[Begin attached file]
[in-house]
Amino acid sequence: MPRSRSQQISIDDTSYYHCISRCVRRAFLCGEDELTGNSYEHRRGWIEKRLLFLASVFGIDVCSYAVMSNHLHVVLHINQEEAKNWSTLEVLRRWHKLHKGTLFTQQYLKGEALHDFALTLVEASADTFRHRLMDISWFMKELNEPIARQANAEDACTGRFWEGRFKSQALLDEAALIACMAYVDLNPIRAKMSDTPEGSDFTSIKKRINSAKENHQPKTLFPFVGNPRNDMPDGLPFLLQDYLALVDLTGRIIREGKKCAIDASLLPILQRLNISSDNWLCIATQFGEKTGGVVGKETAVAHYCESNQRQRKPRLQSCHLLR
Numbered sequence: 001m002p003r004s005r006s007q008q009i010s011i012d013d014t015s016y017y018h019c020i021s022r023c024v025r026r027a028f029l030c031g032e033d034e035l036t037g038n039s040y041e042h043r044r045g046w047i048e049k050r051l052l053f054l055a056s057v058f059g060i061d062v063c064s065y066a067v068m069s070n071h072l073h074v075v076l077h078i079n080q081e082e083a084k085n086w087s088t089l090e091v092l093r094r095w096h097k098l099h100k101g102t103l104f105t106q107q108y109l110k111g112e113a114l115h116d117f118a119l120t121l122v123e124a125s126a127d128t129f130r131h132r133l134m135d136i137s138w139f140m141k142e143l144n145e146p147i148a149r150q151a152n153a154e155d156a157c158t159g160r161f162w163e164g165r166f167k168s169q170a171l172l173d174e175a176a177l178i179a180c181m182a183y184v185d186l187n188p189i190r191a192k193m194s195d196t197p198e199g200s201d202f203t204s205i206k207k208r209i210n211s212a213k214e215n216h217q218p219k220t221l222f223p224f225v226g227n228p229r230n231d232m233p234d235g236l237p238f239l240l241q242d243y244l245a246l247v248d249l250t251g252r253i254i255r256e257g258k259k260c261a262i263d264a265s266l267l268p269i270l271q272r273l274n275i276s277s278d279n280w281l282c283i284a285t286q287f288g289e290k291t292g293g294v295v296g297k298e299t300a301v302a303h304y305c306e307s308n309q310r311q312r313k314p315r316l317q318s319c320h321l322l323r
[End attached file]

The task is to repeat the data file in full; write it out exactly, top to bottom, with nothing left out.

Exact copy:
[in-house]
Amino acid sequence: MPRSRSQQISIDDTSYYHCISRCVRRAFLCGEDELTGNSYEHRRGWIEKRLLFLASVFGIDVCSYAVMSNHLHVVLHINQEEAKNWSTLEVLRRWHKLHKGTLFTQQYLKGEALHDFALTLVEASADTFRHRLMDISWFMKELNEPIARQANAEDACTGRFWEGRFKSQALLDEAALIACMAYVDLNPIRAKMSDTPEGSDFTSIKKRINSAKENHQPKTLFPFVGNPRNDMPDGLPFLLQDYLALVDLTGRIIREGKKCAIDASLLPILQRLNISSDNWLCIATQFGEKTGGVVGKETAVAHYCESNQRQRKPRLQSCHLLR
Numbered sequence: 001m002p003r004s005r006s007q008q009i010s011i012d013d014t015s016y017y018h019c020i021s022r023c024v025r026r027a028f029l030c031g032e033d034e035l036t037g038n039s040y041e042h043r044r045g046w047i048e049k050r051l052l053f054l055a056s057v058f059g060i061d062v063c064s065y066a067v068m069s070n071h072l073h074v075v076l077h078i079n080q081e082e083a084k085n086w087s088t089l090e091v092l093r094r095w096h097k098l099h100k101g102t103l104f105t106q107q108y109l110k111g112e113a114l115h116d117f118a119l120t121l122v123e124a125s126a127d128t129f130r131h132r133l134m135d136i137s138w139f140m141k142e143l144n145e146p147i148a149r150q151a152n153a154e155d156a157c158t159g160r161f162w163e164g165r166f167k168s169q170a171l172l173d174e175a176a177l178i179a180c181m182a183y184v185d186l187n188p189i190r191a192k193m194s195d196t197p198e199g200s201d202f203t204s205i206k207k208r209i210n211s212a213k214e215n216h217q218p219k220t221l222f223p224f225v226g227n228p229r230n231d232m233p234d235g236l237p238f239l240l241q242d243y244l245a246l247v248d249l250t251g252r253i254i255r256e257g258k259k260c261a262i263d264a265s266l267l268p269i270l271q272r273l274n275i276s277s278d279n280w281l282c283i284a285t286q287f288g289e290k291t292g293g294v295v296g297k298e299t300a301v302a303h304y305c306e307s308n309q310r311q312r313k314p315r316l317q318s319c320h321l322l323r